Review: The Rover

My blog of April 17, Review: Today, concerned a novel by David Miller on the death of Joseph Conrad.  Since I had never read any of Conrad’s work, I bought Selected Short Stories and The Rover, by Conrad.  As well as The Rover.  the book includes eleven of Conrad’s twenty-six short stories, selected and commented on by Dr Keith Carabine of the University of Kent.  In his introduction to the stories, Dr Carabine says that Conrad’s great distinction “lies in his ingenious and rigorous exploration of the undiscovered possibilities latent in one of the genre’s most familiar forms, namely the framed short story in which a first-person narrator (who is sometimes a member of the group) introduces, comments on and encloses another’s tale.”  As Dr Carabine says, the theme of most of the stories is man’s fate, and they are often “teasing and enigmatic”.  The framed construction of these stories introduces uncertainty in that the main narrator and the teller of the tale may have different interpretations of the events, leaving the reader to draw his own conclusions.

Two other general points I would make about Conrad’s writing.  First, he does not take great pains to capture the interest and attention of the reader at the beginning of a story.  The beginning may be a page of detailed description of the opening scene, with little information about the character who is present, and a considerable, almost poetic word picture of the setting.  In fact, Conrad’s word pictures of scenes are remarkable in their shaping of the mood of the story: mysterious, uncertain, uncommon, unusual.  Moreover, Conrad is lavish in the extent of his descriptions throughout a piece.  Some of this may be attributable to his writing for commercial publication in up-market magazines, where his compensation would be based, at least partially, on the word count.  Each of these stories has at least one principal character who is confronted with some sort of existential challenge and has defects in his character which contribute to his downfall.  Nonetheless, the reader is drawn into his predicament, hoping all the while, that the right solution will be found.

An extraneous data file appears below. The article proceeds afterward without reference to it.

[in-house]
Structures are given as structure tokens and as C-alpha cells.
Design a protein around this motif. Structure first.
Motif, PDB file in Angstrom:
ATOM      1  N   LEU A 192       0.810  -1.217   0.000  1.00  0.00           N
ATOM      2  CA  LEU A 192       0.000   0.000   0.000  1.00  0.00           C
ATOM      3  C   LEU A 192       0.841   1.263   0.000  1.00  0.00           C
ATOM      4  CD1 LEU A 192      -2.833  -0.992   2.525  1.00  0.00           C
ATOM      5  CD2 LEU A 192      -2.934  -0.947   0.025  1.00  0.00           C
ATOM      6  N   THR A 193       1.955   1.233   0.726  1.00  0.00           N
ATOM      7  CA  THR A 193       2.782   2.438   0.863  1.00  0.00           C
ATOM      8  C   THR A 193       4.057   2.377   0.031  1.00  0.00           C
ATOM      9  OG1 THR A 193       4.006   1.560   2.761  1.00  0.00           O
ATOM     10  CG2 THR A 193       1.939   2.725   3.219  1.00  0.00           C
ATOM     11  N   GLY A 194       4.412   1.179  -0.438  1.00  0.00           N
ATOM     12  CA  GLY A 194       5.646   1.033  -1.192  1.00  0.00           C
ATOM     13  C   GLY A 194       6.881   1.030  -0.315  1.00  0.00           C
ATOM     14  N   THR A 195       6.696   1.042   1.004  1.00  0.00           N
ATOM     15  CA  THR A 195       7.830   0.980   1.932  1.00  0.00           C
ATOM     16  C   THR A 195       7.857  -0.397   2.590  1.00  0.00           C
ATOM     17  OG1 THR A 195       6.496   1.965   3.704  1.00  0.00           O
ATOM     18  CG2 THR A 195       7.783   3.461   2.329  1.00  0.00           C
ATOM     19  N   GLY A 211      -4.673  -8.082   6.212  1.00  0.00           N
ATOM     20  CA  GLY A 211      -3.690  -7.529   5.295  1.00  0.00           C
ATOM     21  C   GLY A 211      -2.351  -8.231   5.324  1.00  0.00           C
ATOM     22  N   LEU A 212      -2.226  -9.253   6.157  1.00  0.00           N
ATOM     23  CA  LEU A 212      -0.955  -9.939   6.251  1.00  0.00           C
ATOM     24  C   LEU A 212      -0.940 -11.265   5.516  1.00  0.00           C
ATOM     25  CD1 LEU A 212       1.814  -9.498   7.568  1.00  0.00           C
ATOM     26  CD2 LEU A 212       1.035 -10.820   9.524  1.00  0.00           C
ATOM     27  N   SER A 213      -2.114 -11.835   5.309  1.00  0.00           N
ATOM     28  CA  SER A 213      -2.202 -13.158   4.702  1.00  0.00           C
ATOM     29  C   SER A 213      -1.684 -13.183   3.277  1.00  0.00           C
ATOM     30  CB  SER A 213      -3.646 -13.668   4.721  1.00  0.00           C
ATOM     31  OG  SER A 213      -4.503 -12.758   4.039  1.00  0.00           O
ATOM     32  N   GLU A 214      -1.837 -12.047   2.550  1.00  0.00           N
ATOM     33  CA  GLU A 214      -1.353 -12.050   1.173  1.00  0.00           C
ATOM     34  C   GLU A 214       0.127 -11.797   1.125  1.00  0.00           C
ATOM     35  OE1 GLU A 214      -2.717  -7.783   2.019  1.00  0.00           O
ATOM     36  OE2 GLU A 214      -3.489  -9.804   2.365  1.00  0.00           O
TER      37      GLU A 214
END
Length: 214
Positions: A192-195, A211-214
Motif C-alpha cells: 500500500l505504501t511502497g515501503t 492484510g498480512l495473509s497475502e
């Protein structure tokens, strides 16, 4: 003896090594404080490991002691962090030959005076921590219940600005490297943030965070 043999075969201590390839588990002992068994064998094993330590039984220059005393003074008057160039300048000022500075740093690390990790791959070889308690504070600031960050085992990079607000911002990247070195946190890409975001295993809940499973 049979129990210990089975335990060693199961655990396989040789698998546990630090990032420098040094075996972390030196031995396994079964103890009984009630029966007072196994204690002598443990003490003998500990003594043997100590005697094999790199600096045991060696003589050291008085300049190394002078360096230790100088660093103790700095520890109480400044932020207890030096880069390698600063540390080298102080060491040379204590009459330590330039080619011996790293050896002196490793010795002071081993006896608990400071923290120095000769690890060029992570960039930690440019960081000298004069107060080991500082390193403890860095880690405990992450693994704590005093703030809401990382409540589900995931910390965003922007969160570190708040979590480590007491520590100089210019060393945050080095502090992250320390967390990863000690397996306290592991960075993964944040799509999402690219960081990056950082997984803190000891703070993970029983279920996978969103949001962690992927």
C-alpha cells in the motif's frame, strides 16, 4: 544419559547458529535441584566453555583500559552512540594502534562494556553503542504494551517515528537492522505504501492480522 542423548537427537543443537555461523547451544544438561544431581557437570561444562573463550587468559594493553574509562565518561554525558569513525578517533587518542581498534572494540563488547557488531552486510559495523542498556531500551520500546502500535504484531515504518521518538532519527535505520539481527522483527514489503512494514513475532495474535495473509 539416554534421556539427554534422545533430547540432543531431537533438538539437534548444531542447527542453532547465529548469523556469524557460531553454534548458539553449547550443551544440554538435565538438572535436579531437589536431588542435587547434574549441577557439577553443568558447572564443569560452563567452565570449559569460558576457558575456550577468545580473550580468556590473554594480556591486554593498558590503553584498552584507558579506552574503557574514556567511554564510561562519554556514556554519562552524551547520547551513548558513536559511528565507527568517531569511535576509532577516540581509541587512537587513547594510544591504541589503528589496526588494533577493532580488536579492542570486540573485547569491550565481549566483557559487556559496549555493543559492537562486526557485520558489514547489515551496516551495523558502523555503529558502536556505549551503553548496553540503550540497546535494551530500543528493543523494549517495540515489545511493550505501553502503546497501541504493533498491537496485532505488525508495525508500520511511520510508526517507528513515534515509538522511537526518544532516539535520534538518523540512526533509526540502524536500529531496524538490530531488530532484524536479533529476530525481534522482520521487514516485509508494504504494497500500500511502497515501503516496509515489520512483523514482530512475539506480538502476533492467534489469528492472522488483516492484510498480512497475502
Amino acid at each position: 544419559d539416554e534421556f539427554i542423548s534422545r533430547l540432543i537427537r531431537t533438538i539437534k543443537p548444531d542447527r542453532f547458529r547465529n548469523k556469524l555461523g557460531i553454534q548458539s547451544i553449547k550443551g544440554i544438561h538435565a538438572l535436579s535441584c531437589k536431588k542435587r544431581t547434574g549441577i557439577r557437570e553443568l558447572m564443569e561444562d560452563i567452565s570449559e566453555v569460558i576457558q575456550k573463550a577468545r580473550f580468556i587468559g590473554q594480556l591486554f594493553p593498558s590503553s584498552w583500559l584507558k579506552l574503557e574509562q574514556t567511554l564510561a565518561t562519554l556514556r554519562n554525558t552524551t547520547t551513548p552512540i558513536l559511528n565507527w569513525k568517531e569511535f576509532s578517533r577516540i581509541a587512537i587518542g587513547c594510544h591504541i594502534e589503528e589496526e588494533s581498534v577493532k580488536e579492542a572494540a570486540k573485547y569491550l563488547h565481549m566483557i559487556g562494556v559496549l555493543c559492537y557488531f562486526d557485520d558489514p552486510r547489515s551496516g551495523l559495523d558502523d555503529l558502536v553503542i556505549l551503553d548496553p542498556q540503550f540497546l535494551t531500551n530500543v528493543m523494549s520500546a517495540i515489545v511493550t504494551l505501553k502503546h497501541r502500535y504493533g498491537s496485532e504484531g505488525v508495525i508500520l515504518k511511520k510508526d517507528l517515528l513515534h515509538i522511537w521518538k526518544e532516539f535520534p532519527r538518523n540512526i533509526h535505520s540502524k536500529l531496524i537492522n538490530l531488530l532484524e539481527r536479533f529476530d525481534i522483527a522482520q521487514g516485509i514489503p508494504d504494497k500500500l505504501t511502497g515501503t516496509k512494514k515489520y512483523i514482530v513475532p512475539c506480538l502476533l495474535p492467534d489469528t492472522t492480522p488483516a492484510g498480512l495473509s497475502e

The principal character in The Rover, which is set in the immediate aftermath of the French Revolution, is an ageing, sea-faring, privateer who has come ashore in the south of France to take his ease.  There is also a dim-witted and committed old revolutionary, a young woman who has been psychologically damaged be the horrors of the revolution, a royalist French naval officer, and an aspiring young British naval officer, each of whom seeks his/her own solutions in the world. Who will succeed?  The ingredients in the story include a plan to deceive the British fleet, as well as a search for love, and a re-ordering of the world between revolutionary-royalist lines, and a rough but beautiful Mediterranean sea coast backed up against a traditional rural society.

One comes to have sympathy for the dilemmas of each of the flawed but real characters, and one can sense the tensions between them, as well as having a sensation of being on the rough bucolic scene, or on board one of the ships.  The Rover is an engrossing tale.  The one aspect which I found annoying was the slow pace of the conclusion.  One cold feel it coming, but Conrad was in no hurry to jump into it.  There was much detailed scene setting and character back-story telling.  We were familiar with the scenes, and the character enhancements should – I think – have come earlier.  Nonetheless, The Rover is a satisfying and interesting tale.

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